Thulsie ‘terror’ twins to launch fresh bid for bail

Brandon-Lee and Tony-Lee Thulsie arrive in the Johannesburg High Court on 16 April 2018. The twins are accused of terrorism related charges. Picture: Yeshiel Panchia

They were charged under the Protection of Constitutional Democracy Against Terrorist and Related Activities Act.

Lawyers for terror-accused twin brothers Brandon-Lee and Tony-Lee Thulsie have bemoaned the lack of “proper and adequate medical care” at Pretoria’s Kgosi Mampuru II Management Area (prison).

The twins are now in their fourth year behind bars awaiting trial.

The case came briefly before the High Court in Johannesburg yesterday, with a fresh bid for bail looming. Despite earlier abandoning bail, the Thulsies’ legal team is now preparing to argue that it be granted.

The new application came before Maletsatsi Betty Mahalelo last week but was subsequently postponed for outstanding documents to be filed.

Meanwhile, yesterday, defence counsel advocate Anneline van den Heever told the court that Tony-Lee had been suffering from dental issues for “a period of months”.

Van den Heever said: “Each and every request that he made to see a dentist was not adhered to.

“He finally, last week – because he insisted – managed to see a dentist and was told there was nothing that could be done for him and that he would have to have all of his teeth pulled out.

“I can’t see how a dentist can say, ‘Because you’ve got some kind of infection all your teeth must be extracted’, or how there’s a waiting list of three years before you can actually see a specialist.”

Van den Heever said her client’s treatment did not comply with the provisions of the Correctional Services Act.

“It is also unconstitutional,” she added. “People who’re incarcerated should have some kind of medical treatment. You need to give them proper and adequate medical care.”

State advocate Adele Barnard said that was the first she or her team were hearing of Tony-Lee’s situation but she assured Judge Ratha Mokgoatlheng, who was presiding over the criminal case, that she would look into it.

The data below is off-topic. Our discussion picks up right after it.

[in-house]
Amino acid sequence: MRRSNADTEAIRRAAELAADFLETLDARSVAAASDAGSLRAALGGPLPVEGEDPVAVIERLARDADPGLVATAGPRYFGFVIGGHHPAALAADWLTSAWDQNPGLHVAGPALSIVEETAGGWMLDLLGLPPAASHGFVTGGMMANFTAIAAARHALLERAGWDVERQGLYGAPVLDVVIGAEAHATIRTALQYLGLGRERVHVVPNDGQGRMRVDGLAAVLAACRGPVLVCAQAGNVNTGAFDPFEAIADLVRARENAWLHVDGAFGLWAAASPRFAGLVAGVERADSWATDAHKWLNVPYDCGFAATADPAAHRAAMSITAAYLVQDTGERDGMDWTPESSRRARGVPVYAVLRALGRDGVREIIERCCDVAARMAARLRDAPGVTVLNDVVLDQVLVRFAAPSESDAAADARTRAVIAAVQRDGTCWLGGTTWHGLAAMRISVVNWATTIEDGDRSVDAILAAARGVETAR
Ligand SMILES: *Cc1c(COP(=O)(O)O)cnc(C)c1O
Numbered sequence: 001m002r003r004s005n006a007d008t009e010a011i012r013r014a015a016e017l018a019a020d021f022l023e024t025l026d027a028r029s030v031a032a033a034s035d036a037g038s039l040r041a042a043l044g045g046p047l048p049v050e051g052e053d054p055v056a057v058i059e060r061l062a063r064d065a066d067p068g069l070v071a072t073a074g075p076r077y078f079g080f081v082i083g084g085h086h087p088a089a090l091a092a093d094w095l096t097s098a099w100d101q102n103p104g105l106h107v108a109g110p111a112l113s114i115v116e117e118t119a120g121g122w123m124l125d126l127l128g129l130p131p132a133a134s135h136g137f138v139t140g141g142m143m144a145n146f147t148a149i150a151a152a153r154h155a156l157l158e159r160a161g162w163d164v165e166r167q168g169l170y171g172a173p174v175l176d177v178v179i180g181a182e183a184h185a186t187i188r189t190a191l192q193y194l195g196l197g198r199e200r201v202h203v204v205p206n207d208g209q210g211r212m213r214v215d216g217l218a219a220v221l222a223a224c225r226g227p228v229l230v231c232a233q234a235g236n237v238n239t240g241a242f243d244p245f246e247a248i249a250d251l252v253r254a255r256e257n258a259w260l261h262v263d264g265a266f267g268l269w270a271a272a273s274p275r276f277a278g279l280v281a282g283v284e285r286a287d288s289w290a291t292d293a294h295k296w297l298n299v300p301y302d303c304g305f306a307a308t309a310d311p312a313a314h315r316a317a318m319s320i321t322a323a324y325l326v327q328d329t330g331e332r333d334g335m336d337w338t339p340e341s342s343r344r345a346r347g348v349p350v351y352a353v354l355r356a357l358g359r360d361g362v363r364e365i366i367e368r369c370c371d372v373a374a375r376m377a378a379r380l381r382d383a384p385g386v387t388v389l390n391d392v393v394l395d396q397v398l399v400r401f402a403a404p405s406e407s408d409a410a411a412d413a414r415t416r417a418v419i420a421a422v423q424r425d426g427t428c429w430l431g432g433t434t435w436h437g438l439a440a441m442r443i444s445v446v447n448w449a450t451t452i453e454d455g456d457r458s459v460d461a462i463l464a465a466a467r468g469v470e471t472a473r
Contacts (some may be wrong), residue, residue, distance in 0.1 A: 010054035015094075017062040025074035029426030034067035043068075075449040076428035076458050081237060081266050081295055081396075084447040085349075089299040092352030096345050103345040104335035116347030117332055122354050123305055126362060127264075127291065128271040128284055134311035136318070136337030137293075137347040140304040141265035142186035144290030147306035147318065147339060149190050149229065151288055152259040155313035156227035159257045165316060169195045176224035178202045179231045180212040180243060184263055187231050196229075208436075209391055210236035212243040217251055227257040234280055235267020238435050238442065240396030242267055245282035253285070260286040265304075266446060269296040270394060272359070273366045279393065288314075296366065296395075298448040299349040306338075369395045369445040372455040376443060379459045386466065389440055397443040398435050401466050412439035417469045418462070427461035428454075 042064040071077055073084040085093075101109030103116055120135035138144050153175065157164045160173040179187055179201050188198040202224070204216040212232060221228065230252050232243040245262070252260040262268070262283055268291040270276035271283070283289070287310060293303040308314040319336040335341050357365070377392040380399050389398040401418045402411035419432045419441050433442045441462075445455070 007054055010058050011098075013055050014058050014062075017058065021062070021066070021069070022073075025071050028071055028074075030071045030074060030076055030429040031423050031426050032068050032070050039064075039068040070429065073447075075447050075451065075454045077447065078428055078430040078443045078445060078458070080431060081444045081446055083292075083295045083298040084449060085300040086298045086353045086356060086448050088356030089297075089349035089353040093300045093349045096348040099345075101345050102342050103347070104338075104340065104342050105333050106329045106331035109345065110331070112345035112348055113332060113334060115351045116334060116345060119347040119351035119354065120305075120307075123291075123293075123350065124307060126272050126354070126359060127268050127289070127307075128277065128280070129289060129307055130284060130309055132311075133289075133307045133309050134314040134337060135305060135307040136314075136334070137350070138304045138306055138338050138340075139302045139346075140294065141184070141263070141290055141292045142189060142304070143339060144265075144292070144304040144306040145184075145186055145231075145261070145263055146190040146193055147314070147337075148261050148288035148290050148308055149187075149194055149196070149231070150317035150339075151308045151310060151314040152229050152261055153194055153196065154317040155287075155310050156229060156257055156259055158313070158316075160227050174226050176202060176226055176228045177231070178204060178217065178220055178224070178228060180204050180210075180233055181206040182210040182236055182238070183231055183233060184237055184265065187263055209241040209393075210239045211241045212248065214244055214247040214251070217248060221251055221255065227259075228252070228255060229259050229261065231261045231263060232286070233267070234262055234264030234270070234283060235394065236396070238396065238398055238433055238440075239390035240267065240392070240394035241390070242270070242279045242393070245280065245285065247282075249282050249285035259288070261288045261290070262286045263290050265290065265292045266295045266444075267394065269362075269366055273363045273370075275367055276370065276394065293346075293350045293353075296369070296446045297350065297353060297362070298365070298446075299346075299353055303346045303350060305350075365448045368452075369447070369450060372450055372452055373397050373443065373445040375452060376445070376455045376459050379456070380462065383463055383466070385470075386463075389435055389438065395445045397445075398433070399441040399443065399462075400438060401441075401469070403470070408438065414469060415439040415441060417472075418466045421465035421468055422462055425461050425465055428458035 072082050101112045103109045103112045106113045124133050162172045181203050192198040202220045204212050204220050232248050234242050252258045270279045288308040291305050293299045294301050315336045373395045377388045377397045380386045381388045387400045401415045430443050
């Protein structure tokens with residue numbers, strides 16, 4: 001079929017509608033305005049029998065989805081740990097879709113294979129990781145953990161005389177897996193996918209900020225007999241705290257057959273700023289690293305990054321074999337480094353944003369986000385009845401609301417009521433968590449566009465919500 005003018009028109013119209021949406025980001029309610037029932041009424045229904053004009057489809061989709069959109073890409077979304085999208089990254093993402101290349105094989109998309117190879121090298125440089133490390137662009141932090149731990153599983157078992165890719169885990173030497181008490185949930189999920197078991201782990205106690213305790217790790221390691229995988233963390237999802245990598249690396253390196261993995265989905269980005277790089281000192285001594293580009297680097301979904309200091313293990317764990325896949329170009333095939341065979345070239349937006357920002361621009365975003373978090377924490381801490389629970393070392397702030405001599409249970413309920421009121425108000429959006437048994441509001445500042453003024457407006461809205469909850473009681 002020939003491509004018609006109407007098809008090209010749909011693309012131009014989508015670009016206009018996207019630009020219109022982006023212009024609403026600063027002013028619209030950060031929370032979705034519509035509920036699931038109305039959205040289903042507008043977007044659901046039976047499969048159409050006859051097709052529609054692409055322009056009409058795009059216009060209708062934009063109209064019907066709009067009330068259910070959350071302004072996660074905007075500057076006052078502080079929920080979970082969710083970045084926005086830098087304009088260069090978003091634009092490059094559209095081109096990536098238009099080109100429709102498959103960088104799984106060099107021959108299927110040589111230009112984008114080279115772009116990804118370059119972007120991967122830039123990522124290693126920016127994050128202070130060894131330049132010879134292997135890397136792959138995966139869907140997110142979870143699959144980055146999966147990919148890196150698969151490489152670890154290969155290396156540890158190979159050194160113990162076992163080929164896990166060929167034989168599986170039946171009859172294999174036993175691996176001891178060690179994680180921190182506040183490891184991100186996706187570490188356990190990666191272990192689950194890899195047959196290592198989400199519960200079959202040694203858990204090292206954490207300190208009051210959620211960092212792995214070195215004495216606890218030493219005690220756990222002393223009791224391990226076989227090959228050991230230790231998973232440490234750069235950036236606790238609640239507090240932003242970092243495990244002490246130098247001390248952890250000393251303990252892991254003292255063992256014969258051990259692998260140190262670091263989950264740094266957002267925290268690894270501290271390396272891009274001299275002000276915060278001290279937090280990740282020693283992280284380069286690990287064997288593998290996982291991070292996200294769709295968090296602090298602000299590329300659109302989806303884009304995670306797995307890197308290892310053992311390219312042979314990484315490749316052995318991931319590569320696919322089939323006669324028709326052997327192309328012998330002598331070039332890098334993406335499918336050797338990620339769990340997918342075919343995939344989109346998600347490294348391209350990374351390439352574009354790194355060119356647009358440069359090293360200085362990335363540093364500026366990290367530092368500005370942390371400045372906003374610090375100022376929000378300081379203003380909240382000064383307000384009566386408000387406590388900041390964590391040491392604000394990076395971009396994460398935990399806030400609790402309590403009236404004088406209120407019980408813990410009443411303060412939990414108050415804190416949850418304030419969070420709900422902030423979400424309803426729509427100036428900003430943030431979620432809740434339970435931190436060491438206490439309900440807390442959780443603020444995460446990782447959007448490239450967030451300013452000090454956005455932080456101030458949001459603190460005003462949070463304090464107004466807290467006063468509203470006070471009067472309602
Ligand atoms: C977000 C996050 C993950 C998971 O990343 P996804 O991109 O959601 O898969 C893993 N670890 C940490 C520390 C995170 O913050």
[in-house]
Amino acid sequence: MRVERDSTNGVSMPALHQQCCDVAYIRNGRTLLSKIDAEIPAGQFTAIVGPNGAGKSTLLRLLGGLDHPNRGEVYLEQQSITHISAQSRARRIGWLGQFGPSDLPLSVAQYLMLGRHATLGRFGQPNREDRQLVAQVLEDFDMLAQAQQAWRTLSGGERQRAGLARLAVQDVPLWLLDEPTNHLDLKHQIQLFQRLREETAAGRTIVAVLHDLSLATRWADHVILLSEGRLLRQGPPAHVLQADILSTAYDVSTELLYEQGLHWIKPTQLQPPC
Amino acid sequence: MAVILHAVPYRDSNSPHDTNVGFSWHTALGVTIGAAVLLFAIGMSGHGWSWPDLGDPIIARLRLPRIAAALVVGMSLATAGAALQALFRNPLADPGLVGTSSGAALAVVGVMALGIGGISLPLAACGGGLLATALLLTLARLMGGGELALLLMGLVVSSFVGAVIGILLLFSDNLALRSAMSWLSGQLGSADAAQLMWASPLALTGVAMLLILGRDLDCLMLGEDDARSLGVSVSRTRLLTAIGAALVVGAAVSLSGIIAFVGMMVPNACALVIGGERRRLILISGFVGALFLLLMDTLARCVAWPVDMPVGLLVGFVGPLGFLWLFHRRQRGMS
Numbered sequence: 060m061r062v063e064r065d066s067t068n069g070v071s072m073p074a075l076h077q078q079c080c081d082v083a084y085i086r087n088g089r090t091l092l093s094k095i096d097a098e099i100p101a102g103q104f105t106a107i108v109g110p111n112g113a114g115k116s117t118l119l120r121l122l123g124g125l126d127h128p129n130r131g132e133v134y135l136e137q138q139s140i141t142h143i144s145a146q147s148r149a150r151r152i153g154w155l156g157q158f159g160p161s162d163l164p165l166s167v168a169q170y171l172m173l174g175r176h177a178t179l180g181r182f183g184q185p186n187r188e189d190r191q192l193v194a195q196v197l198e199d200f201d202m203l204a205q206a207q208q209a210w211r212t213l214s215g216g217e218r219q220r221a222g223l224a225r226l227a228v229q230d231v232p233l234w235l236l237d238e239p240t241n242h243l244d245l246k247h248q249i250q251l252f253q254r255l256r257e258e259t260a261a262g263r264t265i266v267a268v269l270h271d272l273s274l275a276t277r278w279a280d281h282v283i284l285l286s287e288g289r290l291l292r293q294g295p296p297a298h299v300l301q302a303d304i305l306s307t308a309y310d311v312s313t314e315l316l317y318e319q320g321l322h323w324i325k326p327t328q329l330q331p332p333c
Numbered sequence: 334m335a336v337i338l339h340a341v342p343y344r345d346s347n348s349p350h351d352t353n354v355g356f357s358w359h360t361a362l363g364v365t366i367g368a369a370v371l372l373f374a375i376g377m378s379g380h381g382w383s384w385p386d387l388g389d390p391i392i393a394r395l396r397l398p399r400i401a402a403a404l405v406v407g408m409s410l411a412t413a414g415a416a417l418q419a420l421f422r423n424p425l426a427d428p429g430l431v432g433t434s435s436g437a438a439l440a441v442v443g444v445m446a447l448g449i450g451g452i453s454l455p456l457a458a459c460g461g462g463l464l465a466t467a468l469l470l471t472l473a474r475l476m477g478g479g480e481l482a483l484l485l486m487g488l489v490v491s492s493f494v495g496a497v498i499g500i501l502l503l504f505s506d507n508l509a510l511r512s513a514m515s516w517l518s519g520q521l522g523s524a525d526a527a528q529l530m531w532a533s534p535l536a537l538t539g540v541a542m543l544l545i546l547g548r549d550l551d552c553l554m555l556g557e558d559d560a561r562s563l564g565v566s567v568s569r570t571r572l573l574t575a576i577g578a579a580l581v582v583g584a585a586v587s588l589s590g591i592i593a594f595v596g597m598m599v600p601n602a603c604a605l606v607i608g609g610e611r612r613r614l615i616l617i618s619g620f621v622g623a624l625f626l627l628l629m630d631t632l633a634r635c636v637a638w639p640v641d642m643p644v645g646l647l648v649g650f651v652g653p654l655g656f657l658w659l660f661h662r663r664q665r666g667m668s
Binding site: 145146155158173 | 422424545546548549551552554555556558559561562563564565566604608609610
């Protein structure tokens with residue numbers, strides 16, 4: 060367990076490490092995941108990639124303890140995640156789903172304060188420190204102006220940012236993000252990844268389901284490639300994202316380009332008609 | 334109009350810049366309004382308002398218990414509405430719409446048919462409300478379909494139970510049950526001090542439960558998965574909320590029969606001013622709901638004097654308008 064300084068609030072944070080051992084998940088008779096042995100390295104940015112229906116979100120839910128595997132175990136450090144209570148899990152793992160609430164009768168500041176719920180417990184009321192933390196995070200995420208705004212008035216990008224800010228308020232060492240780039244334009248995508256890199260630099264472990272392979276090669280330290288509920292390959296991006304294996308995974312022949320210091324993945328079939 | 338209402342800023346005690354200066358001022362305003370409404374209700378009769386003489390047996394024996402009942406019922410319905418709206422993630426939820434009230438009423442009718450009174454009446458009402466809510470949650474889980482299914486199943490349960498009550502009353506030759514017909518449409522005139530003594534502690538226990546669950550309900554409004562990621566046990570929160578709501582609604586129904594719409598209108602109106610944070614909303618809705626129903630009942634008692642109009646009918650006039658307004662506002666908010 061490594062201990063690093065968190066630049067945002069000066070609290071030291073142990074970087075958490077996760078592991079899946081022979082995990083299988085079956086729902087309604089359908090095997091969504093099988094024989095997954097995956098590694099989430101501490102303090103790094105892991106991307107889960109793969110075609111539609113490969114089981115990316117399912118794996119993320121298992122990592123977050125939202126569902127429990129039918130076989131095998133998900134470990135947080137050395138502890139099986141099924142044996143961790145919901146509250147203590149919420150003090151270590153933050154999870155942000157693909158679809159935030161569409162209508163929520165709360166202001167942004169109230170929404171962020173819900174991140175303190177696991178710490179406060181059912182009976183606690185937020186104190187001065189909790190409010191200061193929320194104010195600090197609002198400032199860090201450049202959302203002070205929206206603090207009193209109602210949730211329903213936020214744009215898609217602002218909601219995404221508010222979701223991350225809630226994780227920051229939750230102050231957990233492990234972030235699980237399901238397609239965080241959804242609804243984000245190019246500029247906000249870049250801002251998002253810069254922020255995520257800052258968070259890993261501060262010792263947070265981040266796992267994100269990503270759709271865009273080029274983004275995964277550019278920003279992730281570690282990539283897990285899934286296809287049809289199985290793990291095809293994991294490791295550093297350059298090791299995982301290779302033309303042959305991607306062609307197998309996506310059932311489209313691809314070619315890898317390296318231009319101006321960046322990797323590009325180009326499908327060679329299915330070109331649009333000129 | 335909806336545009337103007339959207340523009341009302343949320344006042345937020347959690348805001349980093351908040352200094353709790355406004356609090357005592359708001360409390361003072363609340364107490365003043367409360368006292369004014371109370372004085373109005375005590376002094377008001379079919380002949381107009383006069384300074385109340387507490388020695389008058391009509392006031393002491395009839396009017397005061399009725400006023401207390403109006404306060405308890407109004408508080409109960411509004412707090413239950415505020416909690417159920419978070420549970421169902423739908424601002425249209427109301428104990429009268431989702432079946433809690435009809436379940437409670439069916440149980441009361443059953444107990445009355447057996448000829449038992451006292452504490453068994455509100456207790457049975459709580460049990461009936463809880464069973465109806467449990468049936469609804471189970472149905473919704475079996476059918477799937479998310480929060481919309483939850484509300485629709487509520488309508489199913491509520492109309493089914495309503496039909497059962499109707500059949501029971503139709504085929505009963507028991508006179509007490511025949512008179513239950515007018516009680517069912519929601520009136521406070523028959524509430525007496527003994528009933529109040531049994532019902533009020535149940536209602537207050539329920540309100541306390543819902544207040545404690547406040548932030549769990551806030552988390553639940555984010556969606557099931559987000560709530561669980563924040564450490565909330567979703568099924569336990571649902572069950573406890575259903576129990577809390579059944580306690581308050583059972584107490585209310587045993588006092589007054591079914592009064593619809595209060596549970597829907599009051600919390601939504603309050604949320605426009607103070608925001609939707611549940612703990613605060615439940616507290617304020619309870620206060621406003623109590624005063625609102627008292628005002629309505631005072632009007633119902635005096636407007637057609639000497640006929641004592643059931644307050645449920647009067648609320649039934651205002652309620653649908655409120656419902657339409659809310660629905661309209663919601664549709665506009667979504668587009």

They are due back before Mokgoatlheng next month.

Police swooped on the Thulsies during raids in Newclare and Azaadville on the West Rand in July 2016, reportedly after one of the brothers disclosed their alleged plans to carry out terror attacks in South Africa to an undercover FBI agent from the US.

Their alleged targets reportedly included the US embassy, the UK High Commission, the South Africa Zionist Federation, King David High School and arms manufacturer Denel.

They were charged under the Protection of Constitutional Democracy Against Terrorist and Related Activities Act.

The state is opposing the Thulsies’ bail application and the defence earlier conceded that the crimes their clients stand accused of are schedule six offences, which means when their lawyers argue for their release on bail, they will have to prove there are exceptional circumstances warranting it.

The University of the Free State’s Dr Hussein Solomon, an expert on counter-terrorism in Africa, said yesterday that the state’s tough stance could be seen as a show of strength.

“In the past, the South African government was perceived to be too ‘soft’ in these cases,” he said. “The criminal justice system was regarded as quite incompetent.”

Solomon pointed to the fact that no one had been convicted of these types of charges before. “I think government wants to take a stand on this,” he said.

However, it could be seen as an attempt to counter any negative public sentiment around the state’s case and it would be worrying if that were the case.

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